HRAF addresses creative ways to transition to virtual classrooms in our three-part series on remote learning, which includes tips for building anthropology syllabi using our eHRAF databases and open-access resources. Our latest post on the archaeology of chocolate explores the ancient Mesoamerican origins of cacao. HRAF's featured global scholar for April is Sandi James, a PhD candidate in Public Health and Social Policy at La Trobe University. We are pleased to announce that the Carol R. Ember Book Prize from the Society for Anthropological Sciences has been named in honor of HRAF's president.
A message to our members
In the wake of the COVID-19 pandemic, we are all endeavoring to adjust to a new reality of teaching and learning remotely due to university campus closures and self-isolation. Physical and mental health and well-being are a priority for all involved. Yet maintaining connectivity between faculty and students while continuing the education process is an important factor in keeping our academic communities safe, healthy, and engaged throughout these challenging times. Due to present circumstances, HRAF is able to extend free trials for institutions and individuals to the end of the academic year.
The transition to remote learning is a daunting experience for participants on both sides of the screen. It represents a challenge that is best met by working together to recreate a virtual classroom environment sensitive to the needs of all involved.
Dr. Fran Barone has produced a 3-part series including creative ways to transition to remote learning in anthropology.
The first post presents an overview of eHRAF products, membership information, and extensions to our free trials. The second post features In-Class Activities from Teaching eHRAF. The third post assesses the need to quickly "pivot to online" to finish out the current semester, and the unforeseeable and unpredictable "remote futures" that await us.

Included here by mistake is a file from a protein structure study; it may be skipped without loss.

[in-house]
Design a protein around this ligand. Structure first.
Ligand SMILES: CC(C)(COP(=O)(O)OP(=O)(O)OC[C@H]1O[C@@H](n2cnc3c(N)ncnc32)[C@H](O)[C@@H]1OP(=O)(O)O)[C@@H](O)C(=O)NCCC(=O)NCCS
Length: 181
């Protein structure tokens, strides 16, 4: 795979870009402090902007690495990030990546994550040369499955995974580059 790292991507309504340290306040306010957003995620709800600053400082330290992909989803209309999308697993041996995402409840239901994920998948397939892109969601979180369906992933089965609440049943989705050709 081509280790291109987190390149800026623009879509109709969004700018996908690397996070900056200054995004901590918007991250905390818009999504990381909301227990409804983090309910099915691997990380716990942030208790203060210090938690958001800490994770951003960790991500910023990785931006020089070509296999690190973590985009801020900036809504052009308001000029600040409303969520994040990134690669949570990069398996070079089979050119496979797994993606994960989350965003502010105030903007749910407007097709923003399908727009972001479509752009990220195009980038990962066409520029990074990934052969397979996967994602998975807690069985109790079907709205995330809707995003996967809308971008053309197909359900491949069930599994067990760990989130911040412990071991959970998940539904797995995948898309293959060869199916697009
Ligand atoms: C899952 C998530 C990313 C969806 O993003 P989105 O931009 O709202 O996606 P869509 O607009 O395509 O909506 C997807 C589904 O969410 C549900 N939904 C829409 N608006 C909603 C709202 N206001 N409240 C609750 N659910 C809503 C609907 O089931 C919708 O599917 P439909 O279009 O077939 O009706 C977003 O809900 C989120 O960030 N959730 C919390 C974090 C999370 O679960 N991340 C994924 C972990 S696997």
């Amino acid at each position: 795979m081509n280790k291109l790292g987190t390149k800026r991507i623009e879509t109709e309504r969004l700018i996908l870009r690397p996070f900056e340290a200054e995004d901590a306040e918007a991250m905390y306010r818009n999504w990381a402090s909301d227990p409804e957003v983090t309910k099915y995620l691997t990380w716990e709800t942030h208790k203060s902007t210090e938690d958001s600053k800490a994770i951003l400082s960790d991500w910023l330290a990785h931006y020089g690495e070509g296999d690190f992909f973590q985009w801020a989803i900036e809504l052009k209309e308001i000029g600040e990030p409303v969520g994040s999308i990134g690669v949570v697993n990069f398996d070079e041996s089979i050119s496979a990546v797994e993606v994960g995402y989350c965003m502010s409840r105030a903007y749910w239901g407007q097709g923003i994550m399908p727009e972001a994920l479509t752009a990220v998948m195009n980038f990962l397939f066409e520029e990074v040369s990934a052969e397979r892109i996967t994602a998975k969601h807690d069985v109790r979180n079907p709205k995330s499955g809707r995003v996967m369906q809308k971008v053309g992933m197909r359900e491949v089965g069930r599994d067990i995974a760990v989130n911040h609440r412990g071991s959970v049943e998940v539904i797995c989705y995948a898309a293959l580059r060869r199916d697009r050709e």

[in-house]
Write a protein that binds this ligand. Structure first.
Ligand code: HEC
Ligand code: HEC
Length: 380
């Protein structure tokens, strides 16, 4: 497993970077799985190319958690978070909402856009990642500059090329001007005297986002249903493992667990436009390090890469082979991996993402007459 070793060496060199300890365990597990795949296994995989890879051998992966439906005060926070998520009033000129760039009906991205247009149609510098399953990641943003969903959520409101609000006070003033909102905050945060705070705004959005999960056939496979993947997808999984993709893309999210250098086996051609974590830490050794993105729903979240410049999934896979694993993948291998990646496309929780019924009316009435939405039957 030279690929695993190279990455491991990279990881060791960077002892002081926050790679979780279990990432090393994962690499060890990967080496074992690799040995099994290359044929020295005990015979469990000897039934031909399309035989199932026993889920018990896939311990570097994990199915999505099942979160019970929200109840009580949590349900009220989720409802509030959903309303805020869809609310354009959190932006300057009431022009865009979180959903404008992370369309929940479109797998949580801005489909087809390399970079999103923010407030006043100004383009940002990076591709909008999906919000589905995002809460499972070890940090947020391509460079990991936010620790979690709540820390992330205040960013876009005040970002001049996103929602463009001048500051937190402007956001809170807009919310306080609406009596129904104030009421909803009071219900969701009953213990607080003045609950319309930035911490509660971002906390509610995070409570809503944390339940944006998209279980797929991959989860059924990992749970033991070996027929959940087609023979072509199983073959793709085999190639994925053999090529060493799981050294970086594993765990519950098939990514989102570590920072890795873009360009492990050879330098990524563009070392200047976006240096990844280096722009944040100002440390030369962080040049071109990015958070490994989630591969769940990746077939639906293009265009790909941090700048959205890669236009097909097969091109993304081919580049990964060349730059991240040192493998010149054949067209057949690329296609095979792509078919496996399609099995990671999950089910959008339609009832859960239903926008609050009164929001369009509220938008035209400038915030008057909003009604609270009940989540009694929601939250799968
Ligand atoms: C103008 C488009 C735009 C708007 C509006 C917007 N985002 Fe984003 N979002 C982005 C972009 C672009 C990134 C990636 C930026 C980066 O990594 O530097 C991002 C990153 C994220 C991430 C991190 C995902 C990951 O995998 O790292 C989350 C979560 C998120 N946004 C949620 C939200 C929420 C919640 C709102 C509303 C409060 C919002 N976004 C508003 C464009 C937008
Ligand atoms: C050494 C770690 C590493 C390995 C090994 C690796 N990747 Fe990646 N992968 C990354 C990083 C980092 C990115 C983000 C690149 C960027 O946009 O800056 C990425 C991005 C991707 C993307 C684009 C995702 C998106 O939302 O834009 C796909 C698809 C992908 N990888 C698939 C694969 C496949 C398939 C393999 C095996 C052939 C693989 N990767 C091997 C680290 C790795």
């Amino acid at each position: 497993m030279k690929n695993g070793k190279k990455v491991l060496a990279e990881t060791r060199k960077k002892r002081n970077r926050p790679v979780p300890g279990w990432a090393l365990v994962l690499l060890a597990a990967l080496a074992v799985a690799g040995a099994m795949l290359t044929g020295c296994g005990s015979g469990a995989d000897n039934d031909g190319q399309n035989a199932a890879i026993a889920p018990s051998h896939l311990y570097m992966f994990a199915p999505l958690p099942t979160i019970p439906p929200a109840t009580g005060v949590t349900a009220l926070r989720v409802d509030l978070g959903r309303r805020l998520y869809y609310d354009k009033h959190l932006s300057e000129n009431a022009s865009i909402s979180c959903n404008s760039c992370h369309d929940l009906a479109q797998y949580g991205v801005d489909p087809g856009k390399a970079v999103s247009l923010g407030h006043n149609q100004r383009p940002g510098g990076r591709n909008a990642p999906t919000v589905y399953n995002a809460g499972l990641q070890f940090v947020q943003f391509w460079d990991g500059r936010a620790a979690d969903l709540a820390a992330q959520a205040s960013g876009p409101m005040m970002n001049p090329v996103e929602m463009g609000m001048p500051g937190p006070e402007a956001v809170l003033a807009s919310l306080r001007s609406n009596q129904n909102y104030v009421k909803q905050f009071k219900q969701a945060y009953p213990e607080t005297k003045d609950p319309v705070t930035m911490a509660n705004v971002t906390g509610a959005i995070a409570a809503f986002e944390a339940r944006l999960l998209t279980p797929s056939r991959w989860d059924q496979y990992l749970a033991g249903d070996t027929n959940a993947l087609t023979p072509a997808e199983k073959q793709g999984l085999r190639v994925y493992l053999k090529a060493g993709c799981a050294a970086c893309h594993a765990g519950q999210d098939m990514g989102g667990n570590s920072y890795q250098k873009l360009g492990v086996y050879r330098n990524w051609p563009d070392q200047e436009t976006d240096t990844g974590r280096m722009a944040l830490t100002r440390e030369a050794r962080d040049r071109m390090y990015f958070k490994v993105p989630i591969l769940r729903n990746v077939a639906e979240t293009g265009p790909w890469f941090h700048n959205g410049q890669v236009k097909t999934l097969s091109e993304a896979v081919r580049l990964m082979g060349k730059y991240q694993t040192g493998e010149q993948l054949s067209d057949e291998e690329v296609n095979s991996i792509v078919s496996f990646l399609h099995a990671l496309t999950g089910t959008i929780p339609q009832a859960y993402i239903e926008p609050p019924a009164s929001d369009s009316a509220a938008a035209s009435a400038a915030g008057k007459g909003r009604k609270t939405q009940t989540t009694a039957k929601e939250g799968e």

The latest post by Matthew Longcore explores the ancient Mesoamerican origins of cacao and tells the archaeological story of chocolate, from its beginnings as an elite beverage for the Olmec, Maya, and Aztec.
The post draws heavily from eHRAF Archaeologyand from the book The True Story of Chocolate, by Michael and Sophie Coe.
The late Michael Coe was Professor Emeritus of Anthropology at Yale. Sophie Coe, an anthropologist and food historian, was the author of America’s First Cuisines.
Based on linguistic evidence, the authors suggest that the Olmec might have been the first to domesticate the cacao tree and to discover the process of making chocolate. The post examines scientific research that supports this hypothesis.
The Human Relations Area Files (HRAF) at Yale University is pleased to announce that the Society for Anthropological Sciences (SAS) has named their annual book prize after Dr. Carol R. Ember, President of HRAF.
The Carol R. Ember Book Prize recognizes books whose significant theoretical, empirical, or methodological contributions to anthropology embody the mission of the Society for Anthropological Sciences to advance the scientific study of human societies. Single or multi-authored books, including edited volumes, are eligible. Any submitted book is ineligible for submission to future competitions. There is no monetary award associated with the prize. To apply please contact Dr. Douglas Hume at email@example.com.
HRAF is pleased to feature the research of our HRAF Global Scholars. This month we are featuring Sandi James (pictured left), a PhD candidate in Public Health and Social Policy at La Trobe University in Australia.
Sandi's research topic is "Exploring Alcohol use in Sabah, Malaysia: Preliminary results from an ethnographic study in the Kadazandusun culture." She is using anthropological data and ethnographic research from eHRAF World Cultures to further facilitate her study.
To support funding priorities such as the HRAF Global Scholarship program and the development of our open access resources, please consider making a tax-deductible donation.